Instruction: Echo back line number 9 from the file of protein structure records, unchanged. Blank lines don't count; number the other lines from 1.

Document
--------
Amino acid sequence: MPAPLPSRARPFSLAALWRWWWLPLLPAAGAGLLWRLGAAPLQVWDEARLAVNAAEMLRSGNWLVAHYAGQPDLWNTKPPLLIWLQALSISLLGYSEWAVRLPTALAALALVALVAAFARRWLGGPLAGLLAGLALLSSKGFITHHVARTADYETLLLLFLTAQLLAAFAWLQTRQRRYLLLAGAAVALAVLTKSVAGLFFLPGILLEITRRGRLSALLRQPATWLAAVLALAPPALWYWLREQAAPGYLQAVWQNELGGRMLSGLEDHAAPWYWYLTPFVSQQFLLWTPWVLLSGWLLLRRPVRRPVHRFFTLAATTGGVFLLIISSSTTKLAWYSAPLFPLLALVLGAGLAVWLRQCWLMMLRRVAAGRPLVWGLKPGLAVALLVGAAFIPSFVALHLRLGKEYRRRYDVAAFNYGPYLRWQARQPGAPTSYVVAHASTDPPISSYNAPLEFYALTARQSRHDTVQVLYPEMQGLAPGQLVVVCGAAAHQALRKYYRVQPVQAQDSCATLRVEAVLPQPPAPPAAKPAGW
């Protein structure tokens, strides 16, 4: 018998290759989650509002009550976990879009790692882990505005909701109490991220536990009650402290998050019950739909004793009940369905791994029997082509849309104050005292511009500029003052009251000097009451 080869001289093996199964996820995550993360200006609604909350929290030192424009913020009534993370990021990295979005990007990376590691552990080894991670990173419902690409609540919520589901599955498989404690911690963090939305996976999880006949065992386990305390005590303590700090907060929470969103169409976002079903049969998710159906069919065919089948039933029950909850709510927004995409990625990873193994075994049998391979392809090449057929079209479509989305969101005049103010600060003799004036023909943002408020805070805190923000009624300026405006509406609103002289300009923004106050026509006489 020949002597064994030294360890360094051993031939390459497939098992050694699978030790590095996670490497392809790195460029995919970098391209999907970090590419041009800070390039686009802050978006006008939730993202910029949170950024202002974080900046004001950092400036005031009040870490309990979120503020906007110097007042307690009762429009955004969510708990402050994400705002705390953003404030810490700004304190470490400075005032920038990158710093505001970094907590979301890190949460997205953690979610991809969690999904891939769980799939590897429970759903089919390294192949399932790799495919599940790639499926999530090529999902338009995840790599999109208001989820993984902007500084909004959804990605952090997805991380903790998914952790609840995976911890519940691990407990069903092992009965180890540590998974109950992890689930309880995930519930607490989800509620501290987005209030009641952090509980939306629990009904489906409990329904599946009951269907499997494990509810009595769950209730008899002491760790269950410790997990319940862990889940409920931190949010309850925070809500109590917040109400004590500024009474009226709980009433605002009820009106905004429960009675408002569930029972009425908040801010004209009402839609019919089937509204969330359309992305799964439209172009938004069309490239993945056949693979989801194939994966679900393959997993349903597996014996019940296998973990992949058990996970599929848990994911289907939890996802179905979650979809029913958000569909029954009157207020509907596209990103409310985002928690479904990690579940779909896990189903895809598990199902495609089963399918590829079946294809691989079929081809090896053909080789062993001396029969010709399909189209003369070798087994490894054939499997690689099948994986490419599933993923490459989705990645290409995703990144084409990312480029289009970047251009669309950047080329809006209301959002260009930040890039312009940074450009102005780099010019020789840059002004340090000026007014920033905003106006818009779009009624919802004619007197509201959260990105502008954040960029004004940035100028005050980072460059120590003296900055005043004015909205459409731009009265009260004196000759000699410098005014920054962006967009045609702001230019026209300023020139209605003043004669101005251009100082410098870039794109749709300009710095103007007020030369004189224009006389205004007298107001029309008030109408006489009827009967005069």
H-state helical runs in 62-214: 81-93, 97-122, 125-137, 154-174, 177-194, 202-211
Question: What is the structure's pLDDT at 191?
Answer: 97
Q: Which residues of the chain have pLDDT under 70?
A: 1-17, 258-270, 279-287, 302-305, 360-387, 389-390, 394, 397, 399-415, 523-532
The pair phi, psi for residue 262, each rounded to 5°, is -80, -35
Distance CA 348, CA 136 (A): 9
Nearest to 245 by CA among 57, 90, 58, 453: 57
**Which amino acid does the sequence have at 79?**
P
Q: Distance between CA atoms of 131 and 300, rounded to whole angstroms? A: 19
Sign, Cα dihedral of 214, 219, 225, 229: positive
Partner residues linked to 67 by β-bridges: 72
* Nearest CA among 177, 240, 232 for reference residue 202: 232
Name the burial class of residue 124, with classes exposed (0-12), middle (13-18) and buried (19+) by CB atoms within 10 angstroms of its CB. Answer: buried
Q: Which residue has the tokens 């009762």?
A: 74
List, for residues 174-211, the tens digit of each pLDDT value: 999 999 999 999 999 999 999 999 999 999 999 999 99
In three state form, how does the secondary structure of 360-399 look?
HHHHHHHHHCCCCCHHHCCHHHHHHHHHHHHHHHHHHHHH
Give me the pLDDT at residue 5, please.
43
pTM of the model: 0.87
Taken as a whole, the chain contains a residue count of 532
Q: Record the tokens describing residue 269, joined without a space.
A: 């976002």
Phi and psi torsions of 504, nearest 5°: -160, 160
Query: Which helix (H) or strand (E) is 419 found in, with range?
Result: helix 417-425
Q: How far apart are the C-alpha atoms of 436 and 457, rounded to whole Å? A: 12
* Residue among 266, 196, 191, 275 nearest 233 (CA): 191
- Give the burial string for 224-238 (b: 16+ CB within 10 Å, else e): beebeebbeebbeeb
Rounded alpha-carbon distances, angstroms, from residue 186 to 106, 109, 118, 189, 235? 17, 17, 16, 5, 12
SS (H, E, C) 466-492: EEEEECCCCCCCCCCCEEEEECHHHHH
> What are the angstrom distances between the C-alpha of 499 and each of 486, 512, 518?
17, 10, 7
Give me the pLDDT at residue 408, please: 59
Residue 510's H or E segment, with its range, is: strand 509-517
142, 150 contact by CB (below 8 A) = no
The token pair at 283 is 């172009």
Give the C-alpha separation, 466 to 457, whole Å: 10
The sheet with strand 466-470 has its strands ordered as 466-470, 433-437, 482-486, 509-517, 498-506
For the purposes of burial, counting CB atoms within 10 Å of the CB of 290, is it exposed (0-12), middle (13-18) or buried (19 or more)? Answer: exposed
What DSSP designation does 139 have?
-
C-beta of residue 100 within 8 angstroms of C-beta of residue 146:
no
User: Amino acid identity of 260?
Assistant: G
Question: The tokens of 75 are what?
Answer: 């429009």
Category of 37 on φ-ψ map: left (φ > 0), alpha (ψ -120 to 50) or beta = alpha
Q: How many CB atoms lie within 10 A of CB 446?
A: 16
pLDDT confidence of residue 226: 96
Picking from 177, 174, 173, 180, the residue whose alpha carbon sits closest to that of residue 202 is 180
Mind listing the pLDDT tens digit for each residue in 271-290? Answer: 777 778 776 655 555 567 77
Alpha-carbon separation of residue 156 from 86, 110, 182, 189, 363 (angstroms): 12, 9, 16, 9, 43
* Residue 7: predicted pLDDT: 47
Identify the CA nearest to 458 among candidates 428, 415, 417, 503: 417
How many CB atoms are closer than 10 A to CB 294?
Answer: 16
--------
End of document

Distance CA 348, CA 136 (A): 9